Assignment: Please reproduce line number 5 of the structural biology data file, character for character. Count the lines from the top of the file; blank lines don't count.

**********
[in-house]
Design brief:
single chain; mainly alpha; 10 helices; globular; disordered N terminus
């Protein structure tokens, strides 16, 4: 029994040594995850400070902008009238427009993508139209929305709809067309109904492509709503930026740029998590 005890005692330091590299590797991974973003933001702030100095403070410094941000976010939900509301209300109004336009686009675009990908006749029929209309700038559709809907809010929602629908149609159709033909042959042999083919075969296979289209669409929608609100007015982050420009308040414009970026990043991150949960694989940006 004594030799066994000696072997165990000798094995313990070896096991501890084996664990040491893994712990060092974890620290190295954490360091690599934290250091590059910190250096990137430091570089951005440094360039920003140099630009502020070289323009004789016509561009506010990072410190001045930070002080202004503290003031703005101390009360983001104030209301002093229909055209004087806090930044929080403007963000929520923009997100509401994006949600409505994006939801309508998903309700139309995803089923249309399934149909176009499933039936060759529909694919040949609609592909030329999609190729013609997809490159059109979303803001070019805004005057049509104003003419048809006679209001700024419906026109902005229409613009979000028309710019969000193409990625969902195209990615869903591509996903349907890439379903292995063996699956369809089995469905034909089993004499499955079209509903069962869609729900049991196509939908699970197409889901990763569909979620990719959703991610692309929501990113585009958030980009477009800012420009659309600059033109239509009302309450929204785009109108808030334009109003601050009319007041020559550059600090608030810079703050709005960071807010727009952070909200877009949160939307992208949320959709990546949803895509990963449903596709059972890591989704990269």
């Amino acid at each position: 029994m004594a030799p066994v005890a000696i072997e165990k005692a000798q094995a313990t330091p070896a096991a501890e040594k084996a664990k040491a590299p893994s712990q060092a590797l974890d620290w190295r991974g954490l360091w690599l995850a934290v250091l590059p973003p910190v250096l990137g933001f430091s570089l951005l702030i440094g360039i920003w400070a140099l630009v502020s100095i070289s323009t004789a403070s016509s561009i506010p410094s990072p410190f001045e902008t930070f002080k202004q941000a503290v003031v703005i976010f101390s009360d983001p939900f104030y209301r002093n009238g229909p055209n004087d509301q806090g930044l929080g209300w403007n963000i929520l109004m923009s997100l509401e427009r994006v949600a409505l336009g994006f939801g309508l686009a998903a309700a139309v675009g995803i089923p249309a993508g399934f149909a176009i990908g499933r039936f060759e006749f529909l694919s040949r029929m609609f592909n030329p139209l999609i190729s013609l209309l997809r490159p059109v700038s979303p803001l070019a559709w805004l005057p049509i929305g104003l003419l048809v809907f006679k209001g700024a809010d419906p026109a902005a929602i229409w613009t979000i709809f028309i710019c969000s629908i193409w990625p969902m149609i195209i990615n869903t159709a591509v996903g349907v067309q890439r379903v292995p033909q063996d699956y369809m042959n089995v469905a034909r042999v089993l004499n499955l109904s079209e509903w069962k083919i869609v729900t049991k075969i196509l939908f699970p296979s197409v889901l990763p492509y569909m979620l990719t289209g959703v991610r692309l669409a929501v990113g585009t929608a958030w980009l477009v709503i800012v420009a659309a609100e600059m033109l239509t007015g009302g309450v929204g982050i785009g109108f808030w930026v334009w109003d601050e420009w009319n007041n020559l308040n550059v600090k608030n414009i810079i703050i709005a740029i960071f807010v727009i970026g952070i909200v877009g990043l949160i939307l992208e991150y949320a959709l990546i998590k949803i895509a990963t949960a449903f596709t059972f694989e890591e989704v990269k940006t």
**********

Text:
């Amino acid at each position: 029994m004594a030799p066994v005890a000696i072997e165990k005692a000798q094995a313990t330091p070896a096991a501890e040594k084996a664990k040491a590299p893994s712990q060092a590797l974890d620290w190295r991974g954490l360091w690599l995850a934290v250091l590059p973003p910190v250096l990137g933001f430091s570089l951005l702030i440094g360039i920003w400070a140099l630009v502020s100095i070289s323009t004789a403070s016509s561009i506010p410094s990072p410190f001045e902008t930070f002080k202004q941000a503290v003031v703005i976010f101390s009360d983001p939900f104030y209301r002093n009238g229909p055209n004087d509301q806090g930044l929080g209300w403007n963000i929520l109004m923009s997100l509401e427009r994006v949600a409505l336009g994006f939801g309508l686009a998903a309700a139309v675009g995803i089923p249309a993508g399934f149909a176009i990908g499933r039936f060759e006749f529909l694919s040949r029929m609609f592909n030329p139209l999609i190729s013609l209309l997809r490159p059109v700038s979303p803001l070019a559709w805004l005057p049509i929305g104003l003419l048809v809907f006679k209001g700024a809010d419906p026109a902005a929602i229409w613009t979000i709809f028309i710019c969000s629908i193409w990625p969902m149609i195209i990615n869903t159709a591509v996903g349907v067309q890439r379903v292995p033909q063996d699956y369809m042959n089995v469905a034909r042999v089993l004499n499955l109904s079209e509903w069962k083919i869609v729900t049991k075969i196509l939908f699970p296979s197409v889901l990763p492509y569909m979620l990719t289209g959703v991610r692309l669409a929501v990113g585009t929608a958030w980009l477009v709503i800012v420009a659309a609100e600059m033109l239509t007015g009302g309450v929204g982050i785009g109108f808030w930026v334009w109003d601050e420009w009319n007041n020559l308040n550059v600090k608030n414009i810079i703050i709005a740029i960071f807010v727009i970026g952070i909200v877009g990043l949160i939307l992208e991150y949320a959709l990546i998590k949803i895509a990963t949960a449903f596709t059972f694989e890591e989704v990269k940006t």